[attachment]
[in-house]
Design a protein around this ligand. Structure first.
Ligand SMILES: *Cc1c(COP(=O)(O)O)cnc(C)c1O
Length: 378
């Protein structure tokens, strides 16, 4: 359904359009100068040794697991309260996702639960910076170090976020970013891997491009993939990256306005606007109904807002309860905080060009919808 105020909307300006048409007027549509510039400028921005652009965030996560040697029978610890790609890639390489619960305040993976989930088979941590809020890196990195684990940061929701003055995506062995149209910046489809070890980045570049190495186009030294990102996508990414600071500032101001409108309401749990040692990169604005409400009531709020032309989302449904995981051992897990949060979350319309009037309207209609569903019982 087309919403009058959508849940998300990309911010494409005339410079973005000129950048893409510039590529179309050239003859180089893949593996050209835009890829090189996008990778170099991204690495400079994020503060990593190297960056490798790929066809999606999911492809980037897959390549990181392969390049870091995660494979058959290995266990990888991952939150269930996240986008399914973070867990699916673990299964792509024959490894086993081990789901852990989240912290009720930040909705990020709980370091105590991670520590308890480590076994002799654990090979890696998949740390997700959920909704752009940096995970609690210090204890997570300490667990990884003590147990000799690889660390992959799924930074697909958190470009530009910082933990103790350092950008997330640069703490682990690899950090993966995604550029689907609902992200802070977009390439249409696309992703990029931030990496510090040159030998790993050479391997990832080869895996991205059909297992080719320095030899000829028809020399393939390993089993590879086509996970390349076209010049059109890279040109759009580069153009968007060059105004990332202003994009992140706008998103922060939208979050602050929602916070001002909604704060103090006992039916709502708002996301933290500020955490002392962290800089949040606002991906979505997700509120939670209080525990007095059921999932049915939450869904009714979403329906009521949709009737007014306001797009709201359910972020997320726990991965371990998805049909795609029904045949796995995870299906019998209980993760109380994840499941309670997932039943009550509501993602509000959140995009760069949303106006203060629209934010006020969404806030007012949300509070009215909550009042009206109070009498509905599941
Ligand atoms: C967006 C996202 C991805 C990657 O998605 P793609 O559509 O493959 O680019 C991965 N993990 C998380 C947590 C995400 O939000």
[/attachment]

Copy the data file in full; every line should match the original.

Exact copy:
[in-house]
Design a protein around this ligand. Structure first.
Ligand SMILES: *Cc1c(COP(=O)(O)O)cnc(C)c1O
Length: 378
């Protein structure tokens, strides 16, 4: 359904359009100068040794697991309260996702639960910076170090976020970013891997491009993939990256306005606007109904807002309860905080060009919808 105020909307300006048409007027549509510039400028921005652009965030996560040697029978610890790609890639390489619960305040993976989930088979941590809020890196990195684990940061929701003055995506062995149209910046489809070890980045570049190495186009030294990102996508990414600071500032101001409108309401749990040692990169604005409400009531709020032309989302449904995981051992897990949060979350319309009037309207209609569903019982 087309919403009058959508849940998300990309911010494409005339410079973005000129950048893409510039590529179309050239003859180089893949593996050209835009890829090189996008990778170099991204690495400079994020503060990593190297960056490798790929066809999606999911492809980037897959390549990181392969390049870091995660494979058959290995266990990888991952939150269930996240986008399914973070867990699916673990299964792509024959490894086993081990789901852990989240912290009720930040909705990020709980370091105590991670520590308890480590076994002799654990090979890696998949740390997700959920909704752009940096995970609690210090204890997570300490667990990884003590147990000799690889660390992959799924930074697909958190470009530009910082933990103790350092950008997330640069703490682990690899950090993966995604550029689907609902992200802070977009390439249409696309992703990029931030990496510090040159030998790993050479391997990832080869895996991205059909297992080719320095030899000829028809020399393939390993089993590879086509996970390349076209010049059109890279040109759009580069153009968007060059105004990332202003994009992140706008998103922060939208979050602050929602916070001002909604704060103090006992039916709502708002996301933290500020955490002392962290800089949040606002991906979505997700509120939670209080525990007095059921999932049915939450869904009714979403329906009521949709009737007014306001797009709201359910972020997320726990991965371990998805049909795609029904045949796995995870299906019998209980993760109380994840499941309670997932039943009550509501993602509000959140995009760069949303106006203060629209934010006020969404806030007012949300509070009215909550009042009206109070009498509905599941
Ligand atoms: C967006 C996202 C991805 C990657 O998605 P793609 O559509 O493959 O680019 C991965 N993990 C998380 C947590 C995400 O939000």